I know that I can play a b2 Dorian scale over a DomSus chord with a lowered ninth, but what about over a major7 b2?


You probably won't encounter this chord very often, but you could derive a synthetic scale for it. A synthetic scale is made by altering a traditional scale to fit your purposes.

In this case, you could play a major b2 scale. For Cmaj7b2:

C Db E F G A B C



There is a perfect fit for this chord: CM7b9 with interval set 0,1,4,7,11

There is one inversion without clashing note functions GM6b5add11 with interval set 0,4,5,6,9


b9 is not an appropriate chord for a maj7 because the b9 note confuses the root of the chord. In any case, the general rule of thumb is simple: when you alter a tone, you simply keep the original underlying scale, while making the adjustment for that single tone.

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    I wouldn't say that it's never appropriate, but it's definitely not conventional. – charlieparker Oct 22 '13 at 21:33
  • @charlieparker Good clarification – Michael Martinez Oct 22 '13 at 22:01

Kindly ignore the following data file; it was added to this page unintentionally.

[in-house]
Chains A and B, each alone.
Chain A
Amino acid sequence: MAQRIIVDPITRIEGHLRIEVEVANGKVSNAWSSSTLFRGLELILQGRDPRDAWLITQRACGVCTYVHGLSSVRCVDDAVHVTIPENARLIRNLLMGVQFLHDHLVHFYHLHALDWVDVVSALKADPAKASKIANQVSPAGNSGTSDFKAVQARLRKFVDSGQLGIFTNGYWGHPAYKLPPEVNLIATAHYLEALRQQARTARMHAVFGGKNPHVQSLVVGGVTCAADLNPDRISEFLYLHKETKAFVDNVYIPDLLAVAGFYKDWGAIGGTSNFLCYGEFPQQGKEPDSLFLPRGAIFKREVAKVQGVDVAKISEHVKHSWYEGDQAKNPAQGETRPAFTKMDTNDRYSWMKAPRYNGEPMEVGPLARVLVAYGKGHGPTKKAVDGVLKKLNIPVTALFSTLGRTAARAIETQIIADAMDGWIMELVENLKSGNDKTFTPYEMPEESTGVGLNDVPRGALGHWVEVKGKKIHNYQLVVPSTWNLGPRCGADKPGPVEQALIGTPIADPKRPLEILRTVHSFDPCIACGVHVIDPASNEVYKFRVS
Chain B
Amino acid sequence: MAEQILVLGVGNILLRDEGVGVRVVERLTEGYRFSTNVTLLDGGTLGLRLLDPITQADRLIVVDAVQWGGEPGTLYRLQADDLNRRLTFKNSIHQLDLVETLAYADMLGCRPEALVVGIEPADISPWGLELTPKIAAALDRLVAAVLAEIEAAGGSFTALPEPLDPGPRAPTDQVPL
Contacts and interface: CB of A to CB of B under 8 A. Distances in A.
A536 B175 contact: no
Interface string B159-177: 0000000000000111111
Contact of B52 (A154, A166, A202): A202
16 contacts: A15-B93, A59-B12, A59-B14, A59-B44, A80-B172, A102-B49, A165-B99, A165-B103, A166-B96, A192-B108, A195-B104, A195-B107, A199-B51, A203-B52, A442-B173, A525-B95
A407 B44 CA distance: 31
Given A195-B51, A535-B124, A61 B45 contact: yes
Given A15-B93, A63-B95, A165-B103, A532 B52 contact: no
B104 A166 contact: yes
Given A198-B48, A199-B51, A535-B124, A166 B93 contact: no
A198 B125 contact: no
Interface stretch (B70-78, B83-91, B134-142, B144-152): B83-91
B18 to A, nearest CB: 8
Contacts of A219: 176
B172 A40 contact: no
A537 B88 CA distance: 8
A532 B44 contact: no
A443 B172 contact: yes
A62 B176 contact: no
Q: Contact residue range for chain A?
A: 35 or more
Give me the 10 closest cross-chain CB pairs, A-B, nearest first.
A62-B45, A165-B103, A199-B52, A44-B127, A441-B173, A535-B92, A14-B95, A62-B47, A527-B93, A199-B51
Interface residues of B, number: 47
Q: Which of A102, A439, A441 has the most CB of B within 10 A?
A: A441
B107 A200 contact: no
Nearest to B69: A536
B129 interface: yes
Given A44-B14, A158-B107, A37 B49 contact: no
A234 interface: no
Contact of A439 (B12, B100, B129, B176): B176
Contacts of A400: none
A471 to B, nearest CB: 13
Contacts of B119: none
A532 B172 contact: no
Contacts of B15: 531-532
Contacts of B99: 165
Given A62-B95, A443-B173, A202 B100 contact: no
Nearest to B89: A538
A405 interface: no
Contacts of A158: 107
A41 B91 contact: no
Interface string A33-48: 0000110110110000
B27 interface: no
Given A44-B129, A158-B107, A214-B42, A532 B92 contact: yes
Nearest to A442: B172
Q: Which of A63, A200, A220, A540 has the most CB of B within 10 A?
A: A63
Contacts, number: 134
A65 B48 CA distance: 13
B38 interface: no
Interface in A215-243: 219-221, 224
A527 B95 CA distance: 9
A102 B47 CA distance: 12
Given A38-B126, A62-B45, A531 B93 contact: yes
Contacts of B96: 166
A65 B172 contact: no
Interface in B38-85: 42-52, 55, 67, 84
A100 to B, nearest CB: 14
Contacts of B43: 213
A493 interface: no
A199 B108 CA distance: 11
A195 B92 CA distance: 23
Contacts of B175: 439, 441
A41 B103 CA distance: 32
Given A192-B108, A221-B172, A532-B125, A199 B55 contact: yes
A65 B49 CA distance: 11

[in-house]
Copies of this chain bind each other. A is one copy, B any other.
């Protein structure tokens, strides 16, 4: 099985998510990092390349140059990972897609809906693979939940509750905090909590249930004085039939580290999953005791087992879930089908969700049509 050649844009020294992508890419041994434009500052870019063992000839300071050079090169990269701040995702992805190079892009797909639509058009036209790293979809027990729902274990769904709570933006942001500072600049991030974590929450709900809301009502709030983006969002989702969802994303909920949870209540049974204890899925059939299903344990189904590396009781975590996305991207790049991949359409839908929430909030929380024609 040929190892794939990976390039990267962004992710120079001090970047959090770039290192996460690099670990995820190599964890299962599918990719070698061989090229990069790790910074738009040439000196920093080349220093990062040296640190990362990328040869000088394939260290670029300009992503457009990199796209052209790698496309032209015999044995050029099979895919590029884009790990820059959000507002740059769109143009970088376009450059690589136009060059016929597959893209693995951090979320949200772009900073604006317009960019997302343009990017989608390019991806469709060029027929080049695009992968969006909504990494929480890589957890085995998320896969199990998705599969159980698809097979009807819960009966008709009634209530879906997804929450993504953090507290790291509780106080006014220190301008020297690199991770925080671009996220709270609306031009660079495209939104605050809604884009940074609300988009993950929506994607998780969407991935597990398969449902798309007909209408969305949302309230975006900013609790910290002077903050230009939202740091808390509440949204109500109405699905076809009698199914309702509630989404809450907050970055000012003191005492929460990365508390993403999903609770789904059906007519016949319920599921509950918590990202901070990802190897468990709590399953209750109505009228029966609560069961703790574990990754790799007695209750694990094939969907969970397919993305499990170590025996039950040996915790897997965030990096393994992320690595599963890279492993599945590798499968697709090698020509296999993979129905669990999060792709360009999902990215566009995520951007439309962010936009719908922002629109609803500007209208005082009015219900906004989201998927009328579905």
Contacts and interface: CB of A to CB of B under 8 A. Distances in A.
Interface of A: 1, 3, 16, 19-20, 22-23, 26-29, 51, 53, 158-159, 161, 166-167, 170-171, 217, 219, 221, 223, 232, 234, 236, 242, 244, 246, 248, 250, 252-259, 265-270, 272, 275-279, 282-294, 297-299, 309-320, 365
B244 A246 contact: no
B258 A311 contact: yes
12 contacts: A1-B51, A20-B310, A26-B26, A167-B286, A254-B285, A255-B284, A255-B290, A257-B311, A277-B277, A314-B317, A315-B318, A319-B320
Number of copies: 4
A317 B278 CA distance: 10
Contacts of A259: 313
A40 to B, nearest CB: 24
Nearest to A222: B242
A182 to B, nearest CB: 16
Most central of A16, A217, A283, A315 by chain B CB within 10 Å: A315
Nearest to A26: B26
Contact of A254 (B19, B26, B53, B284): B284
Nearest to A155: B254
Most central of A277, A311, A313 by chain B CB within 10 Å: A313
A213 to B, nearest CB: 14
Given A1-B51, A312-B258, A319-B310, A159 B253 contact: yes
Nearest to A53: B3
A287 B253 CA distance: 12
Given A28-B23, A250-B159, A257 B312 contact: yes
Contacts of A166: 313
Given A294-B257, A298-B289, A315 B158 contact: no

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    I think this is too broad as written. The blanket statement that b9 is not an appropriate fails to apply to all forms of music, and the notion about confusing the root also doesn't apply to all forms of music. I'll remove my downvote if you can add some context (i.e., name a musical tradition) within which the first sentence would generally be accepted and balance it with some caveats about the circumstances when it might be appropriate. – jdjazz May 2 '19 at 21:19
  • @jdjazz Nobody ever writes a maj7 chord with a b9. Nobody ever talks about it or plays it. I doubt you can find a single example of this chord anywhere. – Michael Martinez May 7 '19 at 19:51
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    @MichaelMartinez, the major b9 chord is diatonic to the double harmonic scale. Check out this post by one of our awesome mods! Here's one way the chord can be voiced--you can click the speaker icon to hear. At ~0:21 of A Little Bit More Time, the harmony is best described as B♭Maj♭9. See m. 14. – jdjazz May 7 '19 at 21:49

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